Long before the sunscreen and the mouthwash and the duty free were banned from the cabin, air travellers who use electric wheelchairs knew only too well what it's like to be buried in pre-flight restrictions.
Wheelchairs as air cargo have always meant a maze of red tape - the planning, the booking, the checking, the re-checking, the worry that no matter how careful everyone tries to be, one of your most precious possessions may come to grief at the hands of strangers in the belly of a jumbo jet.
If he'd been in London last week, facing a passport-and-wallet-only carry-on policy, Adam Lloyd, editor of gimp onthego.com, says, as a quadriplegic traveller, it would have been impossible for him to fly. "I would essentially be trapped there, a hostage to the havoc," he emailed in response to my query after the London scare.
Tight security is a necessary evil. Ultimately, it's not going to stop the growing number of flyers who use wheelchairs from doing their thing. But it adds another layer to a process already way too complicated - often unnecessarily so.
Major airlines boast they take pains to understand the needs of passengers with disabilities. But the process has always been complex.
Steven Fletcher, Conservative MP for Charleswood-St. James-Assiniboia, can't take his electric wheelchair on weekly flights home to Winnipeg and his constituents because the regional jets assigned to that route are too small to carry it.
That has forced Fletcher to spend more than $60,000 on two additional chairs. One stays in Winnipeg, the other in Toronto, where he frequently attends meetings.
His original chair lives in Ottawa. "The airlines have to do better," he says.
For experienced fliers, like James Glasbergen of worldonwheelz.com, getting there is not a problem.
"The worst part is worrying about damage to your chair," says Glasbergen, director of accessible travel at Guelph-based Frederick Travel (1-800-578-8958, ext. 227). Among other things, he advises labelling parts of your chair that you don't want baggage handlers to touch.
But for many of us, it's touch-and-go, right from the booking process.
Even at the so-called "med desk," the designated authority for all things relating to disabilities and air travel, you can get different answers from different agents.
When 11-year-old Brian Sempowski and his family tried to book a vacation to Hawaii this year, they were told the airline was no longer transporting any baggage over 200 pounds. Period.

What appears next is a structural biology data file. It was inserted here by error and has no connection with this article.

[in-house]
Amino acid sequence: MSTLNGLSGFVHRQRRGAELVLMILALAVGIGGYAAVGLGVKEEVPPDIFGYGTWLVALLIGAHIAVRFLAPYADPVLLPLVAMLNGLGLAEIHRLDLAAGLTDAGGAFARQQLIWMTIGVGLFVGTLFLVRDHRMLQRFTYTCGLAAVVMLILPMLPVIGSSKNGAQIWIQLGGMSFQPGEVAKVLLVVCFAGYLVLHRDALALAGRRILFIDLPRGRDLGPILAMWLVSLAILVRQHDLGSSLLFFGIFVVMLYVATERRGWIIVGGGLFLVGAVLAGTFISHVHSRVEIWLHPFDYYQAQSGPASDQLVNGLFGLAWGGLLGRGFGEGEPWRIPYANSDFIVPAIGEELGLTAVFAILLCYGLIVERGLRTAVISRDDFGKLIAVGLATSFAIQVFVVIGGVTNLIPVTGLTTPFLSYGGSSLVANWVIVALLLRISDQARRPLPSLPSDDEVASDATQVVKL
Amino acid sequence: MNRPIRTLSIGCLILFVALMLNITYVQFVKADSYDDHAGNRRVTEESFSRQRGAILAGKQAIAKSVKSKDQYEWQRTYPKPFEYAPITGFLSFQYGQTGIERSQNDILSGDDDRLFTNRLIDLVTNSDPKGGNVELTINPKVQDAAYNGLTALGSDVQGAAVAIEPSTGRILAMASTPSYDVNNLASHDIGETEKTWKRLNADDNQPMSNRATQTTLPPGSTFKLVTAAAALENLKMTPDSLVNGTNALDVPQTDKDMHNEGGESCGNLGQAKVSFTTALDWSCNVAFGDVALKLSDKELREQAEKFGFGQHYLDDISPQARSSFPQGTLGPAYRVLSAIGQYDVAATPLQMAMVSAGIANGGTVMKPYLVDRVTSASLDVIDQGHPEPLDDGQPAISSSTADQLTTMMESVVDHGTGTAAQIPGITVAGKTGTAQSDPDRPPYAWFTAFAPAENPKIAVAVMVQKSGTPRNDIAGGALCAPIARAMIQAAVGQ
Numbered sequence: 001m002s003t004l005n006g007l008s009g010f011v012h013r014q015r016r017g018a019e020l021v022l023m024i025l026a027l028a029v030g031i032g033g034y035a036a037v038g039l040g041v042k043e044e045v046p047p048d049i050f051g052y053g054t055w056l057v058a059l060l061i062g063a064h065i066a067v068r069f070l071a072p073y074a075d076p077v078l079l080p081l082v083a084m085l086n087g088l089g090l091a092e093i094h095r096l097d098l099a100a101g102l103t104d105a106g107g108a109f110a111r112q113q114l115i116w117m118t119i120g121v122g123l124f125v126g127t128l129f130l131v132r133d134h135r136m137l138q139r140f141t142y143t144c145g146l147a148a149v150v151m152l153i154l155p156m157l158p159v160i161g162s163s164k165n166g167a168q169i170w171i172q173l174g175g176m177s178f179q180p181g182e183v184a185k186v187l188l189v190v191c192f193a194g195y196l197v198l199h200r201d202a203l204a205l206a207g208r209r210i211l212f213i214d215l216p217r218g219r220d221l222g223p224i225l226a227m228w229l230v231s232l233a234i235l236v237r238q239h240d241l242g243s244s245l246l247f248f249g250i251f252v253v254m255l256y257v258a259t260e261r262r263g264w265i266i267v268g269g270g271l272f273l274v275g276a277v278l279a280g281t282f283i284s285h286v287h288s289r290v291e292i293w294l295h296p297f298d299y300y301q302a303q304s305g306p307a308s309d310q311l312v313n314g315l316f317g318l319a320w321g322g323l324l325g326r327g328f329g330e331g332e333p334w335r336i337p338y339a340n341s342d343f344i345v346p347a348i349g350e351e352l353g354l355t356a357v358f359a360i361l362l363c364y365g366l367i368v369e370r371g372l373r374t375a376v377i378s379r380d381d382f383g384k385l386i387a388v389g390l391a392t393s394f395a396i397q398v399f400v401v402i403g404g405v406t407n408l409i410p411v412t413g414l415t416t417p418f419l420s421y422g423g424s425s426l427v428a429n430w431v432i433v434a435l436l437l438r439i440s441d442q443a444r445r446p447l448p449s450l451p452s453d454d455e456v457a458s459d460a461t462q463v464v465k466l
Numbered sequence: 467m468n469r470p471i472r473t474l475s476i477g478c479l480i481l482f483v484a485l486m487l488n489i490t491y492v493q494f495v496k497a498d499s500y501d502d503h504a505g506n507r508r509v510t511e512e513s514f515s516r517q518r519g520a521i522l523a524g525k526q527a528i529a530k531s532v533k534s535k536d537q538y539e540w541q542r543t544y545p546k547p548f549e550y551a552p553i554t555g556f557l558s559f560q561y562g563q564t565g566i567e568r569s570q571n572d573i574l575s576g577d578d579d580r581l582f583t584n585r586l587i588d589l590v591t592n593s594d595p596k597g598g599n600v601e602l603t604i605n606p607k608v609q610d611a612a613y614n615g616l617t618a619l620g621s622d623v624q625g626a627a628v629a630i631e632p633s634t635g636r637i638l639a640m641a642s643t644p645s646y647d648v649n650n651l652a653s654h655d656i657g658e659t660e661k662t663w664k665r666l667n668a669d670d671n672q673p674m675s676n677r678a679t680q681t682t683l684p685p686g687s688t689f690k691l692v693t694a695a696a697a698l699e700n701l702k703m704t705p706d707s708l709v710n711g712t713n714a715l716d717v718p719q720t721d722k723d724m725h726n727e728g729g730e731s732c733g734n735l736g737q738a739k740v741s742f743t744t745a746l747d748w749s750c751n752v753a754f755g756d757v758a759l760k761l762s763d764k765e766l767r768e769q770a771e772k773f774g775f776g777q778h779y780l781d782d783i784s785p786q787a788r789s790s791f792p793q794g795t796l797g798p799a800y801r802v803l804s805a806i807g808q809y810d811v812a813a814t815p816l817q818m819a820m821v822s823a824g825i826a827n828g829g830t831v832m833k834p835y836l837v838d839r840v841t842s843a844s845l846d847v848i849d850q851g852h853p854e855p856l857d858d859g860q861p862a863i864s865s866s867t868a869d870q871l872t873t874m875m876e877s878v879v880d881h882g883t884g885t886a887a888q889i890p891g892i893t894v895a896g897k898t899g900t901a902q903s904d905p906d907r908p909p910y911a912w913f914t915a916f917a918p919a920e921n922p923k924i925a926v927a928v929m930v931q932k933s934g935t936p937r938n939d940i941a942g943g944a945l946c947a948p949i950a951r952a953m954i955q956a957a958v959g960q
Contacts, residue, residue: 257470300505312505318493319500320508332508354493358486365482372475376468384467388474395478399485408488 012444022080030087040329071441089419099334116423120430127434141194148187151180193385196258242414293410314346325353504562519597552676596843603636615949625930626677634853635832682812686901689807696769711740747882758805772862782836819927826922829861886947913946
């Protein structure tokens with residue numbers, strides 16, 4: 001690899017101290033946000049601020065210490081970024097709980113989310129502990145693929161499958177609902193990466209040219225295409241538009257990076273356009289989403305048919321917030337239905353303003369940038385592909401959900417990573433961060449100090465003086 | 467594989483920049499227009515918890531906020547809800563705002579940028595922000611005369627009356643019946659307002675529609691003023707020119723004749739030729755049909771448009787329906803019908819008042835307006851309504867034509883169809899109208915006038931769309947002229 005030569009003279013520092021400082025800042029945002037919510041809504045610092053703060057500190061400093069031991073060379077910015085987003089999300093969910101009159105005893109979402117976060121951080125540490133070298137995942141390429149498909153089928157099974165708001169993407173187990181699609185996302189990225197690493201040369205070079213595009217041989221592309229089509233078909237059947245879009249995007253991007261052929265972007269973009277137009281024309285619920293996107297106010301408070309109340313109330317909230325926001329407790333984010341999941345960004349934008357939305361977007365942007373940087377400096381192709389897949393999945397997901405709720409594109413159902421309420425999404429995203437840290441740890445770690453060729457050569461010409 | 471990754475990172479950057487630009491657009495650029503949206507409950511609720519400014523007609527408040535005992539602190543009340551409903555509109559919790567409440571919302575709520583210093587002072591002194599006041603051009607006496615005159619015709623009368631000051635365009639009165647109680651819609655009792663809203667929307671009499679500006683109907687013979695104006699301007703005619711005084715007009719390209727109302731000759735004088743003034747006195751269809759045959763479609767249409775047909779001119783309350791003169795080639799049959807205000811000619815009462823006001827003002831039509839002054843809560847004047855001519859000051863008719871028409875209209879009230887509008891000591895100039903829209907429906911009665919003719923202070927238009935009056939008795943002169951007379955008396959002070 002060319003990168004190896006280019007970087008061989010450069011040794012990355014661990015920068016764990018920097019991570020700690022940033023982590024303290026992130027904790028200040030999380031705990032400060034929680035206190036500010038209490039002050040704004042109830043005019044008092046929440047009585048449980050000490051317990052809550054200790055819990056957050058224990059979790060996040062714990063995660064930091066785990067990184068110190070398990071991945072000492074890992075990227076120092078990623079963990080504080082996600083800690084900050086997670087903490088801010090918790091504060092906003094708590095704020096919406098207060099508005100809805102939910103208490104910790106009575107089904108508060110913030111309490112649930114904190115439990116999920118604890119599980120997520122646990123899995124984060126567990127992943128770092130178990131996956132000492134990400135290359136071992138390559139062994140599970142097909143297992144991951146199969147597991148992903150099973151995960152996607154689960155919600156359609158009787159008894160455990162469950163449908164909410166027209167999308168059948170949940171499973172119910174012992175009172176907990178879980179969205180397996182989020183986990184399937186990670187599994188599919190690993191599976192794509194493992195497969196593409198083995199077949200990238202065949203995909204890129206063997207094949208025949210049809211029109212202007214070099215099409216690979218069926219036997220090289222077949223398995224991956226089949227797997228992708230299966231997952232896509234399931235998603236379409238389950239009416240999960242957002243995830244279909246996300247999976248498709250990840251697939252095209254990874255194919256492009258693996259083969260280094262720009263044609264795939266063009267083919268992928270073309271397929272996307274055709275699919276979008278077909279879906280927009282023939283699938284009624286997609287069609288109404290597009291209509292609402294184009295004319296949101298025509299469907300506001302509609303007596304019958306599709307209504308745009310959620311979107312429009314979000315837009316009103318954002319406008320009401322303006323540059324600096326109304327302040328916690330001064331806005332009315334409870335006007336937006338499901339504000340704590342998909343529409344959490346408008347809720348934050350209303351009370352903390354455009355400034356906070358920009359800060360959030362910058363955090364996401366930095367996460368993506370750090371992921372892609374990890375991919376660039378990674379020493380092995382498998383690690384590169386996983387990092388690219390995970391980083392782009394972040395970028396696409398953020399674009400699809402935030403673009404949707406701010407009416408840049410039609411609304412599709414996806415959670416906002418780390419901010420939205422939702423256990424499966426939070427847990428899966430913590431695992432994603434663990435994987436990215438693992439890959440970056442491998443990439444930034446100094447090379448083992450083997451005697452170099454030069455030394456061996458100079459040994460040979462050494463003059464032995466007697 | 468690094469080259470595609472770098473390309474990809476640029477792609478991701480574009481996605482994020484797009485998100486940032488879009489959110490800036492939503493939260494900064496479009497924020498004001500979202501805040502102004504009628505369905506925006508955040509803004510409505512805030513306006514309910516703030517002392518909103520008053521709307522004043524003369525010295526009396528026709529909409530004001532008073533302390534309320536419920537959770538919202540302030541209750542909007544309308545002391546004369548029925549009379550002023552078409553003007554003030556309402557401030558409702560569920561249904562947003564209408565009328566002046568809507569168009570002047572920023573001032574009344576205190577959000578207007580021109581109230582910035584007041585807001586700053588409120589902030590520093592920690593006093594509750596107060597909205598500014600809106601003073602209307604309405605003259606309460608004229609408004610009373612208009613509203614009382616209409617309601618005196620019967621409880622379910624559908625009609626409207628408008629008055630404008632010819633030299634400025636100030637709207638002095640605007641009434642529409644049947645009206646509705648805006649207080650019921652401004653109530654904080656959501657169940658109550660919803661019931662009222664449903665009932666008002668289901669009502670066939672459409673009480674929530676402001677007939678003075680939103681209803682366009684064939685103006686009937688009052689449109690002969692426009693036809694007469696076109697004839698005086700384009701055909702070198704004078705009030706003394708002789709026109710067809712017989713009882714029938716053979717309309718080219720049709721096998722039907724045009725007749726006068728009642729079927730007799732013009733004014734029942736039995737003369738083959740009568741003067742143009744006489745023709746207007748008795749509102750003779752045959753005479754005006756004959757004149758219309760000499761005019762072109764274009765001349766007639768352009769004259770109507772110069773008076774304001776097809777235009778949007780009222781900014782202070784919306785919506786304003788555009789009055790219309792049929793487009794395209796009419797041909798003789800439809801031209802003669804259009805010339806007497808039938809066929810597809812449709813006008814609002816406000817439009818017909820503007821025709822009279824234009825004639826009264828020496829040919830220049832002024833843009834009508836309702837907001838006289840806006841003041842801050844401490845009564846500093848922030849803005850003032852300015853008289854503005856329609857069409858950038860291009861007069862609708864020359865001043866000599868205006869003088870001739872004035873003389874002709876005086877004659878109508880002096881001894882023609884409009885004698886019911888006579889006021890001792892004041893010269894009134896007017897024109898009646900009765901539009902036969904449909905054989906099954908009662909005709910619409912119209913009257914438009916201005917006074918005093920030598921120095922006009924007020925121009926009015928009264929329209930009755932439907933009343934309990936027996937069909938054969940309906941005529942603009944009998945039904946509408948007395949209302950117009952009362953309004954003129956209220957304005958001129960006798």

Depending on whom you spoke to and when, the weight limit was either 200 or 250 pounds. No matter. Since any self-respecting electric wheelchair weighs in at 300-plus, the effect was to ban anybody who uses one from flying.
Over the course of two weeks, the Star tried to get a straight answer out of Air Canada. A string of emails tells a story of endless nit-picking about details. Calls to other airlines revealed no across-the-board policy. Air Transat, for example, said unequivocally that it had no weight restrictions. WestJet said it did, then that it didn't.
Clearly, the dimensions of the aircraft determine what can be carried in the hold. But the weight rule appeared to supersede that.
Finally, on June 14, Air Canada spokesperson Peter Fitzpatrick apologized "for the misinformation earlier," adding: "What has been confusing is that I have learned we eliminated the 250-pound limit policy in the spring."
Brian Sempowski was cleared to fly.
A slew of other problems often awaits air travellers with electric wheelchairs - from the availability of elevators in the terminals to access to ground transportation. The Council of Canadians with Disabilities () has a long series of complaints against airlines under the Canadian Transportation Act.
The latest fears of terrorism raise new uncertainties.
"I expect in the next two to three weeks you will see a variety of things at airports," says Candy Harrington of emerginghorizons.com.
"But I also believe, from past experience, that the new restrictions will be relaxed in several weeks."
Meanwhile, as gimponthego's Lloyd notes: "Everything from trying to book direct flights, to reserving a suitable seat (best is: bulkhead, aisle, arm rests that raise, not in an exit row), to arranging assistance in transferring to the plane seat, to making sure an aisle chair is available for the transfer process, to relating to the airline whether the chair has dry or wet cell batteries (which must be boxed separately), to getting ... the chair brought to the plane's door upon disembarkation, to co-ordinating assistance for (service) animal seating, to arriving hours early, to boarding first and exiting last has always been the responsibility of the disabled traveller."
Among new complications, "time consuming and harrying but necessary for everyone's safety," he emphasizes that "the latest restrictions on liquids will only increase the difficulty for disabled fliers, many of whom must stay hydrated for medical reasons, cannot use onboard lavatories and thus opt for hand sanitizers, etc."
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